Faith-based adoption and foster child placement services in the U.S. are looking to the federal government to protect them from being forced to violate their faith.
More than 100,000 children are waiting for "forever parents" – and faith-based organizations have done an excellent job of placing them for decades. But now the ACLU and other left-wing operations are legally challenging those organizations, such as in Michigan and Texas; and some states have forced them to close by enacting and enforcing "anti-discrimination" laws. That's happened in Massachusetts, Washington, DC, Illinois, and New York, as well as in Philadelphia.
Chelsen Vicari with The Institute on Religion & Democracy says that's happening because faith-based agencies won't place children with homosexual couples.
"I would say whatever your opinions on sexual morality and marriage, every citizen should be concerned when they see that the government is starting to force or intimidate faith-based organizations until they're violating their conscience or closing their doors permanently," she tells OneNewsNow.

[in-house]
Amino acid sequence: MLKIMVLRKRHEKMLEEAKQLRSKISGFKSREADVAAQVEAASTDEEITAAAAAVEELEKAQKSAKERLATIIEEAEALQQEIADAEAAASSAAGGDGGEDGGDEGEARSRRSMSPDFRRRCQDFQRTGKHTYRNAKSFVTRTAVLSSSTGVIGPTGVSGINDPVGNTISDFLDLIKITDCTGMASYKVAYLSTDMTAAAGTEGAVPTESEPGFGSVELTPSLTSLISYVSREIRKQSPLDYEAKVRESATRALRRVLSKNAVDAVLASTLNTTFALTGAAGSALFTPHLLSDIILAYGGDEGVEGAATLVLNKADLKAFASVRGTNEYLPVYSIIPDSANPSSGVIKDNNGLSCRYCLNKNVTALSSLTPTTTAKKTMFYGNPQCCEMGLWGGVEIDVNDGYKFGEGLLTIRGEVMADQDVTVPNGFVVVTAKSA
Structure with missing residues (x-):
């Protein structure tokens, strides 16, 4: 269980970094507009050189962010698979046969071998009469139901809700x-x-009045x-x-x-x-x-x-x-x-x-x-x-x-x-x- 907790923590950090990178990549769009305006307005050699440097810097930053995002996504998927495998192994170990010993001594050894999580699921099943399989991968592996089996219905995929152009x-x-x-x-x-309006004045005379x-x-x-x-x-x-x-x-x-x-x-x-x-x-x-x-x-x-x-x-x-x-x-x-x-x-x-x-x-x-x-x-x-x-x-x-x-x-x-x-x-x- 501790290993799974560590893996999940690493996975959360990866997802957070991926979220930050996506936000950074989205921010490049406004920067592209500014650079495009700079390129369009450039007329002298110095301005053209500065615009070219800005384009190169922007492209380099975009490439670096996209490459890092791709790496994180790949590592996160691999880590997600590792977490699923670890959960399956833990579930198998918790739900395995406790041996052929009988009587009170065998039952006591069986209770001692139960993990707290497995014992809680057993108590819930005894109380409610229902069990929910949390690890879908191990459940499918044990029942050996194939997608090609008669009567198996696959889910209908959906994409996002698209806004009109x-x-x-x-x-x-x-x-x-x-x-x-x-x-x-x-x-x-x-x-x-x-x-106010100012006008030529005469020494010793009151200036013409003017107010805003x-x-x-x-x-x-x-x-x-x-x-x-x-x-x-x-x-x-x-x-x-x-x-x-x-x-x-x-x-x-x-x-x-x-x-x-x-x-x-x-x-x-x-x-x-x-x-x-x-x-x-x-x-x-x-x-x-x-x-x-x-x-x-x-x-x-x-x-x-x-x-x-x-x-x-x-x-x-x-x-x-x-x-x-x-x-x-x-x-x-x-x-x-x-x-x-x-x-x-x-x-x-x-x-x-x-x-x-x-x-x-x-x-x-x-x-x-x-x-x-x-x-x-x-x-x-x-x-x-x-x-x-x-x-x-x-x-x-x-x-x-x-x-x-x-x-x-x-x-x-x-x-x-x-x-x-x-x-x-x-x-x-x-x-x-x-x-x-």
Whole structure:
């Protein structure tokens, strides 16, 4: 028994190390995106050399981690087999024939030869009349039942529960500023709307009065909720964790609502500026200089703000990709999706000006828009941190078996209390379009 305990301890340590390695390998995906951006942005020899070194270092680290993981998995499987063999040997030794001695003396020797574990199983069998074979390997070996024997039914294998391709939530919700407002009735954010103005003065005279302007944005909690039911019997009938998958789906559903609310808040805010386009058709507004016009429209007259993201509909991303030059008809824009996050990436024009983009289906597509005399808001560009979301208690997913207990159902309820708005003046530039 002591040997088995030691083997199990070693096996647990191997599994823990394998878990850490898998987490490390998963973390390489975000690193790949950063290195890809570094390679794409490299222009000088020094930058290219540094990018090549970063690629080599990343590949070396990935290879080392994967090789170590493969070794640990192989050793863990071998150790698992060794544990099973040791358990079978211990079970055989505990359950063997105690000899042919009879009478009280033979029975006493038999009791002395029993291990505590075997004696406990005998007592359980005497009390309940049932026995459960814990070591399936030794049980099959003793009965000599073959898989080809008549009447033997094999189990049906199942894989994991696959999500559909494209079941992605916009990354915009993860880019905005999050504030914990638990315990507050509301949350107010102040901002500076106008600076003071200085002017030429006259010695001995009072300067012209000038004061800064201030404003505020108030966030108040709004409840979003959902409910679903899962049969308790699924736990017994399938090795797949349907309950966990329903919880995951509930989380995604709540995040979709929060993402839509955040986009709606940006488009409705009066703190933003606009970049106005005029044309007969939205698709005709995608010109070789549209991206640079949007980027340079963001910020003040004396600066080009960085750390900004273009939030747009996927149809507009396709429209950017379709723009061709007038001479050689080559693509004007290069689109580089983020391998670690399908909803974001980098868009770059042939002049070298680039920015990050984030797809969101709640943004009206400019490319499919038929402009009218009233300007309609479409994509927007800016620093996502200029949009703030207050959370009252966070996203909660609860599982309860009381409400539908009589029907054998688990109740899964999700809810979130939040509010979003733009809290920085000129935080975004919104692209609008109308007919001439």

Vicari points out that children are the ones who typically "pay the price" when that happens.
"They're not only just a child welfare issue, which makes it incredibly important; it's [also] a religious freedom issue," says Vicari, "because the government is actually discriminating against child welfare service providers that are established in their religious beliefs and moral convictions."
The Child Welfare Provider Inclusion Act of 2017 (H.R.1881), introduced in Congress in April 2017, would prohibit discrimination against faith-based adoption and foster child placement services – but there's been no movement on the legislation, leaving it to the states to act to protect those groups' religious freedoms.
Editor's note: Image above depicts the international adoption symbol.